In recent days, the incoming Democratic president has conducted high-stakes conversations with like-minded powers across Asia, hoping to forge a coalition to secure the Indo-Pacific amid the rise of China. 

That would indicate policy continuity rather than change, with an incoming Biden administration seemingly ready to embrace Trump’s “Free and Open Indo-Pacific” (FOIP) doctrine.

It also appears to signal a reinvigorated multilateral effort to build a robust strategic coalition against China with key allies such as Japan, Australia, South Korea as well as new strategic partners such as India. 

During his conversations with Japan’s newly-elected Prime Minister Yoshihide Suga, Biden underscored shared commitments to “a free and open Indo-Pacific.”

He also reiterated America’s alliance commitments to Japan, especially in light of China’s intrusions into the disputed Senkaky islands in the East China Sea.

Biden reassured Tokyo that mutual defense obligations under Article 5 of the Japan-US Security Treaty will be automatically applied in the event of attacks by a third party on the Okinawa Prefecture and the Senkaku Islands.

Democratic presidential nominee Joe Biden gestures after speaking during election night at the Chase Center in Wilmington, Delaware, early on November 4, 2020. Photo: AFP/Angela Weiss

The president-elect also held conversations with Australia, another major ally embroiled in festering disputes with China in recent months. The two allies discussed ways to expand cooperation on climate change, public health as well as geostrategic challenges in the Indo-Pacific.

Australian Prime Minister Scott Morrison, who has been at loggerheads with China over a host of issues ranging from Beijing-imposed trade sanctions to Covid-19, warmly congratulated Biden over Twitter writing, “There are no greater friends and no greater allies than Australia and the US.”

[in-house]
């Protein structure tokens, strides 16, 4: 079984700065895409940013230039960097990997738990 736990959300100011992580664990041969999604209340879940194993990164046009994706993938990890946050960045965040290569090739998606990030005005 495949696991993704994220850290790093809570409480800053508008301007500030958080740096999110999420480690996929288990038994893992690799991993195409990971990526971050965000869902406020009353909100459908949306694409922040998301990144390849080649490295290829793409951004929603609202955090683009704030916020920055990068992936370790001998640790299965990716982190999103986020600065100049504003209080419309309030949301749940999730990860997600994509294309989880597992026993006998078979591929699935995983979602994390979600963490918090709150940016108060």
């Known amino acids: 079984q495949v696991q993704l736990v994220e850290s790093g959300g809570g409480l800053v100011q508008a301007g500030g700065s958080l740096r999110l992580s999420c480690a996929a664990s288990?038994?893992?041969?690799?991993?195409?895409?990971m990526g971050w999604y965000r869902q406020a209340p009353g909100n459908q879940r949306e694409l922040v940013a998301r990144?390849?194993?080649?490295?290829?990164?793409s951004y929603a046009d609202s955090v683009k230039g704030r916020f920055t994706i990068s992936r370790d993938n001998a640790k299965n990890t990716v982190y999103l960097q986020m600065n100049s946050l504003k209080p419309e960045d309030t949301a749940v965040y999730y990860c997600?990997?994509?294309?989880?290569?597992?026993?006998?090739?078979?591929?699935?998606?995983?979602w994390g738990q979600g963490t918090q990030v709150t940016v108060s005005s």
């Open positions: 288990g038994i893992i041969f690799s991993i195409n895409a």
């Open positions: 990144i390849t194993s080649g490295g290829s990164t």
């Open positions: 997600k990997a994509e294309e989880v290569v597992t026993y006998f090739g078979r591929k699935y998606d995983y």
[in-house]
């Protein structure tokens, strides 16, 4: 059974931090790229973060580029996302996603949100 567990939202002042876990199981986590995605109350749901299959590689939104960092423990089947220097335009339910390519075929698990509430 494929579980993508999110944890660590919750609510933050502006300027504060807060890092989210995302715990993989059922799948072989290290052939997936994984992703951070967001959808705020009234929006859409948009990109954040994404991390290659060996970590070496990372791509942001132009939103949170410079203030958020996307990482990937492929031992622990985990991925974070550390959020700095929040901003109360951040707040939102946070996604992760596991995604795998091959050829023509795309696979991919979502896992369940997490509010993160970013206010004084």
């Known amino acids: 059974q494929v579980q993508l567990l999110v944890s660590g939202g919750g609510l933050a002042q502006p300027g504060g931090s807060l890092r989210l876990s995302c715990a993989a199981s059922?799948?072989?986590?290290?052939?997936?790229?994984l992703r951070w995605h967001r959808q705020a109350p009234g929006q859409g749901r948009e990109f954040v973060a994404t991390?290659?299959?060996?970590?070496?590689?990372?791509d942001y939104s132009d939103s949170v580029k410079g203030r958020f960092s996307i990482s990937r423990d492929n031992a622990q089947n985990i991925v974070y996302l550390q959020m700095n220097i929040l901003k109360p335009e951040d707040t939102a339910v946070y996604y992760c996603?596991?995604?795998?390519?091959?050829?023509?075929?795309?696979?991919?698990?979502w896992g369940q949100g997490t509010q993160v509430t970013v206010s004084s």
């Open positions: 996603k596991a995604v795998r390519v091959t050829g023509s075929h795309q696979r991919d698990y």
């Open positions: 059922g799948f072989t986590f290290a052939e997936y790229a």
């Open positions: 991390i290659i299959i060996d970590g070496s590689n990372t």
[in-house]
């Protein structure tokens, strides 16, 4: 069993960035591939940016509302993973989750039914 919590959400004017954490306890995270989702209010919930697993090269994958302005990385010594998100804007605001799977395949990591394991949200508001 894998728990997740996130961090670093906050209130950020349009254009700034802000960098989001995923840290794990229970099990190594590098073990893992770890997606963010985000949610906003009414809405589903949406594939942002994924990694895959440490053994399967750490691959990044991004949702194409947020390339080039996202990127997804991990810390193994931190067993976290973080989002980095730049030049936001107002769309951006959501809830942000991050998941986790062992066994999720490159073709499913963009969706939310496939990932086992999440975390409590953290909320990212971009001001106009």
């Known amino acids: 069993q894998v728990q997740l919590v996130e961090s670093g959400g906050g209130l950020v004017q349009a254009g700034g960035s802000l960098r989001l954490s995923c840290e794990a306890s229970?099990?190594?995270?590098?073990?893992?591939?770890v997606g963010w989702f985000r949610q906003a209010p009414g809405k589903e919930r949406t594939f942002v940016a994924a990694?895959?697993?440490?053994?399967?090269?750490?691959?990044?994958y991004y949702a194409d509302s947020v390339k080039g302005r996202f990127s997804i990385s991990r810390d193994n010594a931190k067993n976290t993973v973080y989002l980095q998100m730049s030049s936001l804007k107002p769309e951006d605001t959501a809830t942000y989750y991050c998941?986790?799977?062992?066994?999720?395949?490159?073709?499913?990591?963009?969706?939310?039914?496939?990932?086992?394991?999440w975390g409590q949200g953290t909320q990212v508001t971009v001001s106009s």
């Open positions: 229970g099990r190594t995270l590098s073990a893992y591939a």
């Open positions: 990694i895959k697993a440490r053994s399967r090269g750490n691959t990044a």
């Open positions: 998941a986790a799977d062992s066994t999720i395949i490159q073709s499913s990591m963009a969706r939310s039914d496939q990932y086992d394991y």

“I look forward to strengthening even further our deep and enduring alliance, and to working with him closely as we face the world’s many challenges together,” the Australian leader added.  

Biden was also quick to reach out to Seoul following years of acrimonious relations under the Trump administration, which attacked preexisting trade and military agreements with South Korea.

South Korean President Moon Jae-in, who repeatedly opposed Trump’s punishing sanctions against North Korea as a threat to peace negotiations in the Peninsula, was also enthusiastic about potential warmer ties under a Biden administration. 

Biden and Moon reaffirmed their “firm commitment to a robust ROK-US alliance and peaceful and prosperous Korean Peninsula.”

India’s Prime Minister Narendra Modi, meanwhile, was the first prominent populist leader to congratulate the newly-elected US president for his “spectacular victory” and thanked Biden and his part-Indian Vice President Kamala Harris for “your contribution to strengthening Indo-US relations was critical and invaluable.”

“I look forward to working closely together once again to take India-US relations to greater heights,” Modi wrote on Twitter, underscoring rapidly warming strategic ties between the two powers.

Throughout the year, India has been embroiled in bloody skirmishes with China over disputed territories in the Himalayas.

In a major departure from India’s age-old policy of strategic “non-alignment”, Modi is intent on solidifying defense ties with the US in order to keep Beijing’s ambitions at bay.

China has yet to congratulate the president-elect, with China’s foreign ministry spokesman Wang Wenbin flippantly stating “We noticed that Mr Biden has declared election victory… but that the US presidential election result will be determined following US law and procedures.”